Volvo’s introduction of a pedestrian air bag in its V40 model in Europe reiterates how the United States trails Europe in terms of safety standards, a collision investigator says.
Rusty Haight, who is director of Collision Safety Institute, says the day will come when U.S. automobile models include pedestrian protections, but we won’t hold our breath. “It’s kind of embarrassing that we don’t do the testing” that Europeans do, he says.
Volvo in March 2012 unveiled a pedestrian air bag that inflates between the car’s windshield and hood in the event of a collision with a pedestrian. The concept has been studied for several years, but this marks its first widespread use in a vehicle. Haight says some European Fiat models slightly raise the hood upon impact with a pedestrian. This prevents the hood from buckling and the pedestrian’s head from being injured by striking the engine block. Volvo didn’t respond to our requests for information about whether pedestrian air bags eventually would be available in U.S. models.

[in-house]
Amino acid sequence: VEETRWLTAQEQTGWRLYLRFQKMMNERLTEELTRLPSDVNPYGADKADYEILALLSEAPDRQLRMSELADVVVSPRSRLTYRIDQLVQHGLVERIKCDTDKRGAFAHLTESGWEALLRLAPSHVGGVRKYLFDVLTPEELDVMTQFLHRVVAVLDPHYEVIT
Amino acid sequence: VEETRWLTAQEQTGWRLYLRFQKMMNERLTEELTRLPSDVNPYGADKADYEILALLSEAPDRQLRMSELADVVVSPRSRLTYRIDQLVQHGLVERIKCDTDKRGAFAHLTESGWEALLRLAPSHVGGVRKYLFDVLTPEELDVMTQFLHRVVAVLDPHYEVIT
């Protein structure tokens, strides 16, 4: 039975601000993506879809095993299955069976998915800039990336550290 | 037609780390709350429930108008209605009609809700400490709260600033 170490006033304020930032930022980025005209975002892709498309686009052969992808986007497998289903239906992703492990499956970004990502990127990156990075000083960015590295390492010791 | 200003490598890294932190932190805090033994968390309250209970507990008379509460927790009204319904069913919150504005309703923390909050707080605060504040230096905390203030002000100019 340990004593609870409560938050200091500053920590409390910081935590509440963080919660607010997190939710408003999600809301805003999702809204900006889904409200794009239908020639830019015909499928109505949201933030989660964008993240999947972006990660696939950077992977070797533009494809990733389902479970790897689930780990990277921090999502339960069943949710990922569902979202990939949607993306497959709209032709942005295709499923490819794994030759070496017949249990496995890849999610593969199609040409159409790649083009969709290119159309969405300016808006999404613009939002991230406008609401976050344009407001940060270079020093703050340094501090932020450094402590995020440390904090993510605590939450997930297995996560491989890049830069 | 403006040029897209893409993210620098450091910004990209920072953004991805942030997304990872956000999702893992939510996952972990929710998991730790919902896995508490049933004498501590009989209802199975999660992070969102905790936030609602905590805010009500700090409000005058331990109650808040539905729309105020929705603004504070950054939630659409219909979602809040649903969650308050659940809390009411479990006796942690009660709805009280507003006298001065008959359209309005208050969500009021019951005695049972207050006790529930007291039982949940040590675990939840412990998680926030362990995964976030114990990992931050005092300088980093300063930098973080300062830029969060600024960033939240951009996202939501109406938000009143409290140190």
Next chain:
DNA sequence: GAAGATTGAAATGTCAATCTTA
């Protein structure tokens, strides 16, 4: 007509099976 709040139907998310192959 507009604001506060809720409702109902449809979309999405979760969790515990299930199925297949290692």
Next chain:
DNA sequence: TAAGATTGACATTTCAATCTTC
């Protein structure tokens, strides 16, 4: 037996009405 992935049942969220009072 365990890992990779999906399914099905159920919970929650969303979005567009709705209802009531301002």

Haight says federal pedestrian-safety standards must be established for automakers before such technology makes it to U.S. vehicles, because testing isn’t in place and U.S. manufacturers don’t have a frame of reference for how to outfit their models for potential automobile-pedestrian collisions.